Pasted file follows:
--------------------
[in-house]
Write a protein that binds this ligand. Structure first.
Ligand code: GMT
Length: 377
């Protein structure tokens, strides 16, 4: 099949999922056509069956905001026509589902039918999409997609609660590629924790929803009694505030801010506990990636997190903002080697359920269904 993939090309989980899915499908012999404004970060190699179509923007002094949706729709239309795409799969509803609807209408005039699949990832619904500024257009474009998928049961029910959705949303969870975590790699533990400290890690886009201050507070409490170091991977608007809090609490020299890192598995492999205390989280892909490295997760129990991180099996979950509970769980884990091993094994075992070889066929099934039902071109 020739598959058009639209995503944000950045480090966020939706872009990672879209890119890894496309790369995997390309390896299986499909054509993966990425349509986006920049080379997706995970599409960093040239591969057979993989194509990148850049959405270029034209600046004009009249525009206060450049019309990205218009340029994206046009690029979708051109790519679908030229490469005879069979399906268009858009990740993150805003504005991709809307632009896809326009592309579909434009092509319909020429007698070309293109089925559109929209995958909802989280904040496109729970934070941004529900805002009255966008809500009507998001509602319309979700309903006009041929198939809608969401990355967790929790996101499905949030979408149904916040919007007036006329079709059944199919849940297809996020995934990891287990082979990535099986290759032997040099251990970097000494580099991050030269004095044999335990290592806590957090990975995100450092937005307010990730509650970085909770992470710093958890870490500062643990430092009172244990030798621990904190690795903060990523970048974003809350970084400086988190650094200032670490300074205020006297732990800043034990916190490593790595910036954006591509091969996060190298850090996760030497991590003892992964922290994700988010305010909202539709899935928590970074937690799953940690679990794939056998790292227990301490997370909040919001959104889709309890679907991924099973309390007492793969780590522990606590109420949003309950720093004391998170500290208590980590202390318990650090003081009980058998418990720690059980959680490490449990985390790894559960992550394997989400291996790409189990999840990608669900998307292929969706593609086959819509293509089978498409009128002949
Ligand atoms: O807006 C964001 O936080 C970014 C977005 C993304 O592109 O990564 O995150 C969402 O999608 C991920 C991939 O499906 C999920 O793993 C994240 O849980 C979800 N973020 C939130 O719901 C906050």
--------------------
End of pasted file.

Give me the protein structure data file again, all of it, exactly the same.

[in-house]
Write a protein that binds this ligand. Structure first.
Ligand code: GMT
Length: 377
């Protein structure tokens, strides 16, 4: 099949999922056509069956905001026509589902039918999409997609609660590629924790929803009694505030801010506990990636997190903002080697359920269904 993939090309989980899915499908012999404004970060190699179509923007002094949706729709239309795409799969509803609807209408005039699949990832619904500024257009474009998928049961029910959705949303969870975590790699533990400290890690886009201050507070409490170091991977608007809090609490020299890192598995492999205390989280892909490295997760129990991180099996979950509970769980884990091993094994075992070889066929099934039902071109 020739598959058009639209995503944000950045480090966020939706872009990672879209890119890894496309790369995997390309390896299986499909054509993966990425349509986006920049080379997706995970599409960093040239591969057979993989194509990148850049959405270029034209600046004009009249525009206060450049019309990205218009340029994206046009690029979708051109790519679908030229490469005879069979399906268009858009990740993150805003504005991709809307632009896809326009592309579909434009092509319909020429007698070309293109089925559109929209995958909802989280904040496109729970934070941004529900805002009255966008809500009507998001509602319309979700309903006009041929198939809608969401990355967790929790996101499905949030979408149904916040919007007036006329079709059944199919849940297809996020995934990891287990082979990535099986290759032997040099251990970097000494580099991050030269004095044999335990290592806590957090990975995100450092937005307010990730509650970085909770992470710093958890870490500062643990430092009172244990030798621990904190690795903060990523970048974003809350970084400086988190650094200032670490300074205020006297732990800043034990916190490593790595910036954006591509091969996060190298850090996760030497991590003892992964922290994700988010305010909202539709899935928590970074937690799953940690679990794939056998790292227990301490997370909040919001959104889709309890679907991924099973309390007492793969780590522990606590109420949003309950720093004391998170500290208590980590202390318990650090003081009980058998418990720690059980959680490490449990985390790894559960992550394997989400291996790409189990999840990608669900998307292929969706593609086959819509293509089978498409009128002949
Ligand atoms: O807006 C964001 O936080 C970014 C977005 C993304 O592109 O990564 O995150 C969402 O999608 C991920 C991939 O499906 C999920 O793993 C994240 O849980 C979800 N973020 C939130 O719901 C906050």